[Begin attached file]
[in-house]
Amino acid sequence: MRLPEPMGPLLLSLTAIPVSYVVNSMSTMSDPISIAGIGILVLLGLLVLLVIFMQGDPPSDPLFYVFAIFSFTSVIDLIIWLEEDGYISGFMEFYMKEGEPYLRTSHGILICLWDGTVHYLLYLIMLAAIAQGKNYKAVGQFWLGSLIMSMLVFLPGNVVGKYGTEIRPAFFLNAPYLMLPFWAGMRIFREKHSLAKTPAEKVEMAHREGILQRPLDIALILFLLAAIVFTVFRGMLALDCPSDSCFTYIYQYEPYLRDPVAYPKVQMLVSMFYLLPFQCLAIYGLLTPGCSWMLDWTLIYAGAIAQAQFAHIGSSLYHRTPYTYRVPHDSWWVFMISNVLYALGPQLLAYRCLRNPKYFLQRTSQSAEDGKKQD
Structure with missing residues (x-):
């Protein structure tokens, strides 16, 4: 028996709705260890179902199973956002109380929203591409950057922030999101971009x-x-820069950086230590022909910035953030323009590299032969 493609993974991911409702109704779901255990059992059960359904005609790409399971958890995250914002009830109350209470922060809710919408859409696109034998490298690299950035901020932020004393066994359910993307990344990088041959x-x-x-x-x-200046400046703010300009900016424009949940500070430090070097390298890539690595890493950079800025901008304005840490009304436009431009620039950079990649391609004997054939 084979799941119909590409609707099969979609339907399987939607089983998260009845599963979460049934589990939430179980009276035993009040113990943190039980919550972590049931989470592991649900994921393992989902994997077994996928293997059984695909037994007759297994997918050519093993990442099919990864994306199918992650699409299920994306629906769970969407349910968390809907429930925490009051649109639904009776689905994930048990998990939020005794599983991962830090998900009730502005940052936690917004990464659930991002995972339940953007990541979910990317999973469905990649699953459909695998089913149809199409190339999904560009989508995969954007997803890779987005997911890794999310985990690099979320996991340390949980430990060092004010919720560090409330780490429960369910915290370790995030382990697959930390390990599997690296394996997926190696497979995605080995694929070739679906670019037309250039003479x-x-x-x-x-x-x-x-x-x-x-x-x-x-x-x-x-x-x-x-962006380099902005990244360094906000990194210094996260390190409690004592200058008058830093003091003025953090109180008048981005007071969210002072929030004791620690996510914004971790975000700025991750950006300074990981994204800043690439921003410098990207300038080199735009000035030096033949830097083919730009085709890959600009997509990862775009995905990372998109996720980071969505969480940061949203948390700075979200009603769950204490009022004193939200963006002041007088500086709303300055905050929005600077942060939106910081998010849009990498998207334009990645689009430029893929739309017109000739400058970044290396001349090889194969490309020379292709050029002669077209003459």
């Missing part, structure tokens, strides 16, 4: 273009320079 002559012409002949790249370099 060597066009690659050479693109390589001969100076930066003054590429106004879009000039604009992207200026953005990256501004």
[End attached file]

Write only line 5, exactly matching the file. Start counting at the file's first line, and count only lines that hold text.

């Missing part, structure tokens, strides 16, 4: 273009320079 002559012409002949790249370099 060597066009690659050479693109390589001969100076930066003054590429106004879009000039604009992207200026953005990256501004």